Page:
I thought today I might go back to my roots a little, if you will, and write about one of the forgeries that I came across while writing my undergraduate dissertation. This one is particular near and dear to me, because it afforded me one of my first opportunities to appreciate how easiy art forgeries can get swept into the general cannon of an artist and thereby make it incredibly to set the record straight. But first, I thought I should give you a little bit of background on this guy, since I have somehow managed to not cover him on this blog just yet.
-Eric Hebborn demonstrating how he could recreate half of a missing painting from start to finish
Eric Hebborn (1934-1996) was an art forger active during the 1960s and 70s, who made a particular career for himself forging drawings. This is an important point to make, because at the time drawings were considered the bottom end of the market, and did not have half the regulatory oversights (such as they were) that paintings had for example. Hebborn himself found this prejuidice particularly abhorrent, as he argued that drawings were a far more interesting tool for understanding an artist’s creative process, and that more often than not they were the only part of an artist’s oeuvre that were actually completed entirely by the artist (which in hindsight seems incredibly ironic). In his later career, after his exposure as a foger and stint with fame, Hebborn claimed that he had always been trying to demonstrate that an artist’s drawing style, for all that it was inherently unique, could be easily replicated and recreated by an artist hundreds of years who happened to be properly in tune with the original artist. This could be achieved, he said, by retracing the starting point of the drawing, and from there follow the progression of the drawing as the artist intended, thus eliminating any hesitation that could give the forger away. In short, his forgeries were academic experiments in deception, and if anyone fell for them, or later sold them for what they were not, that was not his problem.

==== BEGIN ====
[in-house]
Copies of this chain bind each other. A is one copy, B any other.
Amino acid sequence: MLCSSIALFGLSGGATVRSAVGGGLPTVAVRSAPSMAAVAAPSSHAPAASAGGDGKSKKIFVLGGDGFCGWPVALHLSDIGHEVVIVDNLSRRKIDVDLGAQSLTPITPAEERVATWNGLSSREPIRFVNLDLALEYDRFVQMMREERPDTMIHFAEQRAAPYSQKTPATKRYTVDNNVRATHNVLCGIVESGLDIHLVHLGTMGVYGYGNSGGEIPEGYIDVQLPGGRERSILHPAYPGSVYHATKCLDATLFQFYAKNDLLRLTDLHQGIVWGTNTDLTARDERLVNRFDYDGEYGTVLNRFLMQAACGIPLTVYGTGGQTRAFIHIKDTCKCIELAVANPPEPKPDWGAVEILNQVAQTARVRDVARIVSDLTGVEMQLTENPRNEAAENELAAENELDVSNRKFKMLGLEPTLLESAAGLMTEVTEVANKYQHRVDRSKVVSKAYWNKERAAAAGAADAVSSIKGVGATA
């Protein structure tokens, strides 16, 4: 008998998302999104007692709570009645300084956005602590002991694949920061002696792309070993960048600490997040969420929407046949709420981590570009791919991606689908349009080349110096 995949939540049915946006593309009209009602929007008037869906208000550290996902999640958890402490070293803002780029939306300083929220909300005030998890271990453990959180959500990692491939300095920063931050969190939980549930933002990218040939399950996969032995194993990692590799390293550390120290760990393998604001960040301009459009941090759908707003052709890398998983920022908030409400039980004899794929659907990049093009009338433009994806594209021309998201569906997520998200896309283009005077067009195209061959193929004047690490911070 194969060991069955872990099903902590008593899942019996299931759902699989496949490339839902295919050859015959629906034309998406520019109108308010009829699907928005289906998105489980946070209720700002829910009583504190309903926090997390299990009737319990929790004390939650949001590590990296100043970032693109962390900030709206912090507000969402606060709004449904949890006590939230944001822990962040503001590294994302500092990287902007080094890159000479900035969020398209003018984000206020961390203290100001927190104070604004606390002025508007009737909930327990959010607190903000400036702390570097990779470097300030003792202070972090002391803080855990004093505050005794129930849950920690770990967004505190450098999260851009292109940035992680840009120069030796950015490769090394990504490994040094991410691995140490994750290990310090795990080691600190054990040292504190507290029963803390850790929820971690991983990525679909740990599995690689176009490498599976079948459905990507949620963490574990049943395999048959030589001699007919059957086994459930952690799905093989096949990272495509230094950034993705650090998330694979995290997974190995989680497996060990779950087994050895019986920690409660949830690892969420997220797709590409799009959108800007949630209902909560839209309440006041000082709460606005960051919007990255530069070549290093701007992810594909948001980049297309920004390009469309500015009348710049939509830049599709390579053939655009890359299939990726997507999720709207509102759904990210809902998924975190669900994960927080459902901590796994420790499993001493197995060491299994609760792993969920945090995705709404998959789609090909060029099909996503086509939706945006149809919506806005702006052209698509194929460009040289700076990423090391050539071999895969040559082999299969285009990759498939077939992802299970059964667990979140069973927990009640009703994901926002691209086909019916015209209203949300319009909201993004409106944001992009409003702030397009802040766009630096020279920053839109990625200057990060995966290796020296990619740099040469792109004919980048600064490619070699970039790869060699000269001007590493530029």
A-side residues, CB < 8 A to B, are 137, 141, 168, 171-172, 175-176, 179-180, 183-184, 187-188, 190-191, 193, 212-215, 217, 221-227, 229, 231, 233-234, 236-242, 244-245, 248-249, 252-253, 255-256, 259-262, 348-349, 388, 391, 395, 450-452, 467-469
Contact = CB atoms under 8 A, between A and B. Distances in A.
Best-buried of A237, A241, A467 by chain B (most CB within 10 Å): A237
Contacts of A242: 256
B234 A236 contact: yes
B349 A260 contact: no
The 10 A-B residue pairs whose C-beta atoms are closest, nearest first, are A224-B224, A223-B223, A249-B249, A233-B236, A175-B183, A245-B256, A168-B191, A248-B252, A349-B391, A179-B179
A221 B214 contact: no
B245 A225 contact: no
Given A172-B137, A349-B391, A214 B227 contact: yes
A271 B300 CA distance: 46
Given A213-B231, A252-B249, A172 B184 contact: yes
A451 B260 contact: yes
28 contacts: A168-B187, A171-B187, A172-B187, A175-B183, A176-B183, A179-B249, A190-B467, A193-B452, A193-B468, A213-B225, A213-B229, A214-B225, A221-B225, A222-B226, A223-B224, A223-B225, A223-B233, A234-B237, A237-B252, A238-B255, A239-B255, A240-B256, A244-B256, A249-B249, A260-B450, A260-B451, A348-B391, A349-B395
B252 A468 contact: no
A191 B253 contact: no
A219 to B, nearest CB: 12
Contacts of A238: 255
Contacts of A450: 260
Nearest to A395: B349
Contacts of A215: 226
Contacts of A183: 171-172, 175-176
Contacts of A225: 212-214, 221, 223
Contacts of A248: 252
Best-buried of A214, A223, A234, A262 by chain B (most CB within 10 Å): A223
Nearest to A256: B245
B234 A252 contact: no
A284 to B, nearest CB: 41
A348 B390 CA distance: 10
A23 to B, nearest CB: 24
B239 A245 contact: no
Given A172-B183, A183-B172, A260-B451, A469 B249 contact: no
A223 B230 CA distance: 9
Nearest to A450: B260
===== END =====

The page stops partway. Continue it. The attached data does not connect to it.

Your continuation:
Hebborn, Part of a Large Magnificent Port Used by the Romans, National Gallery of Denmark (click here to see it in comparison to the original) (image courtesy of http://www.artfakes.dk)
One of his favorite artists to forge was Piranesi, an Italian etcher and engraver of the eighteenth century best known for his fantastic renderings of an idealized Ancient Rome. Hebborn first came into contact with his work while on a scholarship to Rome in the early 1960s. One day Hebborn came across one of his drawings, Part of a Large Magnificent Port Used by the Ancient Romans. Hebborn’s later defense was that he felt the drawing was not Piranesi’s best work, and that the Italian master had somehow failed to get across the real image he intended due to constraints of the paper. So Hebborn decided to recreate it “as Piranesi intended”. He blew up the scale of the drawing and tampered with the proportions until he felt it looked perfect, then sold it on. The drawing was authenticated as a genuine Piranesi countless times, and ended up in the National Gallery of Denmark. In fact the Danish museum refused to admit it was a forgery until Hebborn himself claimed the work as his own on the BBC.
Now why did I tell you all of this background? Because during my research of my dissertation I came across a catalogue raisonné of Piranesi which included Hebborn’s drawing as an original. I can still remember how stunned I was sitting there, looking at a fact given to me in a book that I knew categorically to be false while knowing that there was nothing I could do. It still bothers me that people will misinterpret that book and continue using false information to try and build solid academic conclusions about Piranesi’s work. It was at that point that I realized that the search for art forgeries is not just about revealing the fraud but also about preserving the real, as corny as that might sound.
I can tell you one thing. I darn near defaced a library book to give future readers of that copy the real provenance of that drawing, then remembered that two wrongs do not a right make. Although I still sometimes wish I had.